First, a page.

Friday, 6 January 2012
I realise I’m chewing my lip – this makes me annoyed with myself too.
Okay. Let’s assume, just for a minute, that you’re right. I feel guilty. I’m consumed with guilt. It’s been eating me up for four years. Let’s assume that’s all true. Why, oh wise one, why is it so necessary that Jen knows why?
Tom leans forward in his chair and adopts a tone that I wonder if he uses at work. Or when explaining things to Lucy.
Because, my young apprentice, if she understands she can deal with it. Until it goes away.
He stays perched on his edge of his chair like that, holding a very deliberate eye contact and just looking so damned right. Right, and he knows it. I blink, look away. Tom wins.
Look, mate, he says, look.
Tom leans towards me and I think, for a second, that he’s going to touch my knee. Maybe he was, but he knows me too well, knows how I’d react. Instead, he finally sits back in his chair, and gives an exaggerated sigh before continuing.
In your shoes I’d have done the same thing, Pete. Most people would. If Soph was pregnant and her test result came back like that, I’d be pushing for an abortion too.
Even though his voice has dropped to little more than a whisper, he turns to look over his shoulder at the kitchen door as he says this. I’m not sure he’s aware of doing it. I don’t lower my voice.
And if her test result came back showing Down’s Syndrome but Soph wanted to keep the baby, what would you do?
I don’t know. We’d talk it through, I guess.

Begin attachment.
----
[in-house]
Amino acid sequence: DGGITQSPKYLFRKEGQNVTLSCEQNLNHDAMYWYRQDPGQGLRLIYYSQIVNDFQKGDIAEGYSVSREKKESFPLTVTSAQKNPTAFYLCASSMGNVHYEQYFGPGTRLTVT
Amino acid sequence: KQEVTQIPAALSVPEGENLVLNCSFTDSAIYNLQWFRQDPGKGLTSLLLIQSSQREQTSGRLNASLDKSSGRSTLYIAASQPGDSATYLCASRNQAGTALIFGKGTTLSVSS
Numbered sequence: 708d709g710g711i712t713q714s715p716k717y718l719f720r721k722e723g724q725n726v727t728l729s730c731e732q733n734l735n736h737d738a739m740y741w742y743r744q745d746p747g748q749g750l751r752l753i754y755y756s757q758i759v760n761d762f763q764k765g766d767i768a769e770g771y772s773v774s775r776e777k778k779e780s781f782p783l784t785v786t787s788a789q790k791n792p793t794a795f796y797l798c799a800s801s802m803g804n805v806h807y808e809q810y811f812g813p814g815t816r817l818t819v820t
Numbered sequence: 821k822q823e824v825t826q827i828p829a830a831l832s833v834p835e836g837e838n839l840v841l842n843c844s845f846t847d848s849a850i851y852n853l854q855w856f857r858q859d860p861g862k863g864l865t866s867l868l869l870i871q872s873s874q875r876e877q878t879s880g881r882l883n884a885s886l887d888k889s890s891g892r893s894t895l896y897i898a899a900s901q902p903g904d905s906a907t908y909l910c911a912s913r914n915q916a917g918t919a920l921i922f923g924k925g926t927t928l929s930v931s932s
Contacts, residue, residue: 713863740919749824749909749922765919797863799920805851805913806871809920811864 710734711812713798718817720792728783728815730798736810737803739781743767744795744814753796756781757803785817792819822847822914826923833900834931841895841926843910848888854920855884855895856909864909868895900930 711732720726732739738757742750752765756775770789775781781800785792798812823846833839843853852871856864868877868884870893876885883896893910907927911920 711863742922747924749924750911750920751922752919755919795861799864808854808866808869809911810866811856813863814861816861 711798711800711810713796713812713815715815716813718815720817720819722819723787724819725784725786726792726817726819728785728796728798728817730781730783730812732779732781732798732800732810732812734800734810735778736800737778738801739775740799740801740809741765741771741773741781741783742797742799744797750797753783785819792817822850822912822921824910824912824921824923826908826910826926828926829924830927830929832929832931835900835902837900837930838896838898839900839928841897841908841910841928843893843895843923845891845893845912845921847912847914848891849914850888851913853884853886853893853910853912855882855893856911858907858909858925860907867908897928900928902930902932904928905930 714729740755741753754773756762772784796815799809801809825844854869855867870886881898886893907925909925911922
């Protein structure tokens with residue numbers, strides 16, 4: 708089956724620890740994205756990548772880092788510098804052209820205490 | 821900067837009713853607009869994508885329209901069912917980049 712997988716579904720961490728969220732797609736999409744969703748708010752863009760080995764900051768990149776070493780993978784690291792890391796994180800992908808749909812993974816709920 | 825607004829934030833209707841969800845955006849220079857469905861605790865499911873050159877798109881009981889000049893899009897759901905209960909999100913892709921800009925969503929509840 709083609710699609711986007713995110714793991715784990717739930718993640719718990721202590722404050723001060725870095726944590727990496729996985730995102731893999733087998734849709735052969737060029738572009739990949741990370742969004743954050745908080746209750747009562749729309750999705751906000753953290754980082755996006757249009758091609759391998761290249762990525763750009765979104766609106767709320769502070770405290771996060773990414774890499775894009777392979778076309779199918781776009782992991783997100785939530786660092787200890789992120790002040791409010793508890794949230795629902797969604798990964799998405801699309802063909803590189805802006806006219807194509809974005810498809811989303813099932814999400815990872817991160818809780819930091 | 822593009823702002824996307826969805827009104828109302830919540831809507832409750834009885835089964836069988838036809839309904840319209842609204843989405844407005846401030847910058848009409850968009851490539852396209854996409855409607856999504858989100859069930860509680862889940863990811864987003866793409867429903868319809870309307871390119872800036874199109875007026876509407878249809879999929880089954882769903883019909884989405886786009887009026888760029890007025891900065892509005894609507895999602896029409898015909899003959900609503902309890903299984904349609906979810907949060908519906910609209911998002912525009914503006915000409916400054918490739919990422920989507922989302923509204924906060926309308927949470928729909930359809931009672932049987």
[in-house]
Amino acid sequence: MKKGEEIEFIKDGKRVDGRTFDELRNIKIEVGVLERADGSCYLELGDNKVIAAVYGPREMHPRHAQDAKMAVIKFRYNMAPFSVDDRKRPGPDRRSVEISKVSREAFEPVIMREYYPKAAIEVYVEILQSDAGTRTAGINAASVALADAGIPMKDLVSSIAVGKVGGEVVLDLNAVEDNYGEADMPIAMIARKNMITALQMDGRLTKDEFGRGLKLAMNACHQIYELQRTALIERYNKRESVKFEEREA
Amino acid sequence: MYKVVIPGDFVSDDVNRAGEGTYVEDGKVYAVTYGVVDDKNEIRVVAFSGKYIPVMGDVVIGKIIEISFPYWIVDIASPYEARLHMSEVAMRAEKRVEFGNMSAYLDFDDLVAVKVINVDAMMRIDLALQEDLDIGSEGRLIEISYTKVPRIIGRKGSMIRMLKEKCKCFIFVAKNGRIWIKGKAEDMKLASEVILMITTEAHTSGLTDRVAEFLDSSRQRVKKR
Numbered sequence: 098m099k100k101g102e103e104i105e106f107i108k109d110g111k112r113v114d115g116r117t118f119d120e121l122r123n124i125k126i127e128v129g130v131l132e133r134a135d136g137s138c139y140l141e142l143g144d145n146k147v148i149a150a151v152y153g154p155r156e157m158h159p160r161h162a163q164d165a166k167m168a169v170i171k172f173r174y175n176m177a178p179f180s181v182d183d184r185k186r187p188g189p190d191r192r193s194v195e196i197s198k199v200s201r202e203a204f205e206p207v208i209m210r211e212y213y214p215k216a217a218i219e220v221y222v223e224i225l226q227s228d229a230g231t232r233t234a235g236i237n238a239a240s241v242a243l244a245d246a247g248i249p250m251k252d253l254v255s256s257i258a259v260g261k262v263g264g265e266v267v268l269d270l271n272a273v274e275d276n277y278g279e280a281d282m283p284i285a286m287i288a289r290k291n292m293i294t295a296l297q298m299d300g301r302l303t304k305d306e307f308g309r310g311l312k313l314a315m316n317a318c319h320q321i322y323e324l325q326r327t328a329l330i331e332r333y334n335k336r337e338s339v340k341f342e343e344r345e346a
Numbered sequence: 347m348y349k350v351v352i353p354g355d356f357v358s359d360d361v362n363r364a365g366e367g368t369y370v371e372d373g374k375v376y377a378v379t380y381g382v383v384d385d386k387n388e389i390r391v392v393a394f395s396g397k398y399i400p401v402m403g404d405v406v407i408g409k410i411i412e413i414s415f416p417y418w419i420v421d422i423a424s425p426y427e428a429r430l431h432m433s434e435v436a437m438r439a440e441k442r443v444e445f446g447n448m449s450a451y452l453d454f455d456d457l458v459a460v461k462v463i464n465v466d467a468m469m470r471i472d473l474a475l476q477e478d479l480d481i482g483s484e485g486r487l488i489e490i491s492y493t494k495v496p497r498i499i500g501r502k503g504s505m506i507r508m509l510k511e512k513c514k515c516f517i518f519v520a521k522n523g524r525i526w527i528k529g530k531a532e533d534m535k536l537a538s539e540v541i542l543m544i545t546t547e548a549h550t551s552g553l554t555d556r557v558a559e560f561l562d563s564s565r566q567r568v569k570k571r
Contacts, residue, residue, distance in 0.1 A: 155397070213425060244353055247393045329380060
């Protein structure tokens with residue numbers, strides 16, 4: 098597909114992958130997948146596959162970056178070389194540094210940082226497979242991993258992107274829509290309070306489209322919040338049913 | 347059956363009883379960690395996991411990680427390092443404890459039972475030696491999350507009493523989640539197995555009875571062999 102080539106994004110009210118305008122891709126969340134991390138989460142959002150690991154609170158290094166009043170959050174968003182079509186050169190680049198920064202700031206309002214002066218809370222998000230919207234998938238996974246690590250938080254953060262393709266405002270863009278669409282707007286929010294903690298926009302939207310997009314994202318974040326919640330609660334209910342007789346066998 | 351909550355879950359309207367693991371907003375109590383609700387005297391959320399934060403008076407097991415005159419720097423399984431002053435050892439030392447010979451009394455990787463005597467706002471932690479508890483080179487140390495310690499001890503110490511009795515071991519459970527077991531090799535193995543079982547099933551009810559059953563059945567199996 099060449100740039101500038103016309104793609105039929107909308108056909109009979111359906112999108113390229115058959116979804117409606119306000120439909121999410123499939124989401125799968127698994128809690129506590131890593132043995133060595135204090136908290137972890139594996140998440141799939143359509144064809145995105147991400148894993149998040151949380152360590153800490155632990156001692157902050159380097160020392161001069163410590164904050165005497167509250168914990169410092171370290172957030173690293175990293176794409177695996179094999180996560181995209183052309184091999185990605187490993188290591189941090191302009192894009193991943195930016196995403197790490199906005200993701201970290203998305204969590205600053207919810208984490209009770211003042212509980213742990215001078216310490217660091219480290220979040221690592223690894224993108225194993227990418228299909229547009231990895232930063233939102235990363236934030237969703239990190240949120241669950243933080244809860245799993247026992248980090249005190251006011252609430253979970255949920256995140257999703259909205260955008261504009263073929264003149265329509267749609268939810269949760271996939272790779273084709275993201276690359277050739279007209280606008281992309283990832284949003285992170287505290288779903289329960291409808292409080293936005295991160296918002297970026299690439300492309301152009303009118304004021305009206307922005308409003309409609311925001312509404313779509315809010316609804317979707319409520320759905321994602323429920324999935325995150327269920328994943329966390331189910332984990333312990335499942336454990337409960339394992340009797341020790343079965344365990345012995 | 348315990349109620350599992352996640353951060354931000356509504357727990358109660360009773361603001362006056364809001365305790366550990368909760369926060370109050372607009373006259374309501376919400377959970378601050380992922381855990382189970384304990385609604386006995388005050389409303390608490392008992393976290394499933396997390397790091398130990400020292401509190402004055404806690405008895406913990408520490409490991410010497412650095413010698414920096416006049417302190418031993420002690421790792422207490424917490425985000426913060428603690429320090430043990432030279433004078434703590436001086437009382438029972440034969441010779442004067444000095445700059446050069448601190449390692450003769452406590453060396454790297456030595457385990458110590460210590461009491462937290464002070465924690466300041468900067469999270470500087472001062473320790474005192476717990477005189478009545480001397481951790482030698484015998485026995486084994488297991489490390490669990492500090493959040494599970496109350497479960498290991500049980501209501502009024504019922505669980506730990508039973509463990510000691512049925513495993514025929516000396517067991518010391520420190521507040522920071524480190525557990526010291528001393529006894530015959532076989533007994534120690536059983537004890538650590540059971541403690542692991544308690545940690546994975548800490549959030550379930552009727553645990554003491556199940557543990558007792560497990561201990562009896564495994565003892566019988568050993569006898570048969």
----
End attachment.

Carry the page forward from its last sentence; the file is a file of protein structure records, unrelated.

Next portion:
Talk it through?
Would you try to persuade her?
I don’t –
Like I did.
You didn’t make her. Jesus, Pete, we’ve been over this. You didn’t force. You didn’t hold a gun to her head.
I might as well have done. I gave her ultimatums, Tom. Me or the baby.
She still had a choice.
I stand up and walk over to the very window from which Sophie probably saw me nearly run over her daughter.
No, mate. No. You’re smart, smarter than me, always have been, but you can’t get this without having been there.
I lower my shaking head.
I talked her into it.
I talked her into it but afterwards, when she couldn’t forgive herself, I did nothing.
With a scrape of wooden chair legs on tile, Tom gets up and joins me at the window. We stand in silence like that, side by side, until I remember that actually he is my friend after all.
What could you have done? he says.
I puff out to show how ridiculous a question I think this it.
Plenty. Plenty! I didn’t even go to the counsellor with her.
I turn and walk back to the table, pick up my glass and almost swig from it before remembering that it’s empty already. I lean heavily on the table, my knuckles turning white against the oak. My head feels heavy.
Good try mate, I say. Even to myself, I sound tired.
Good try but, whichever way you cut it, it’s my fault Em drove into that tree. Fuck. Fuck.
Tom disappears through the kitchen doorway, then, moments later, is back, offering me a square of kitchen roll. I accept it with an embarrassed fake laugh, wipe my stupid eyes and blow my nose.
This, this – he points first at my face, then the ball of kitchen roll crumpled between my fingers – is why you have to tell Jenny.
I won’t admit that he’s right. Not verbally, at least. Instead, I sniff loudly and dab my nose again.
Are you going to open that wine or what? I say finally.
Tom smiles, and it almost looks normal.
Posted by Martin at 22:56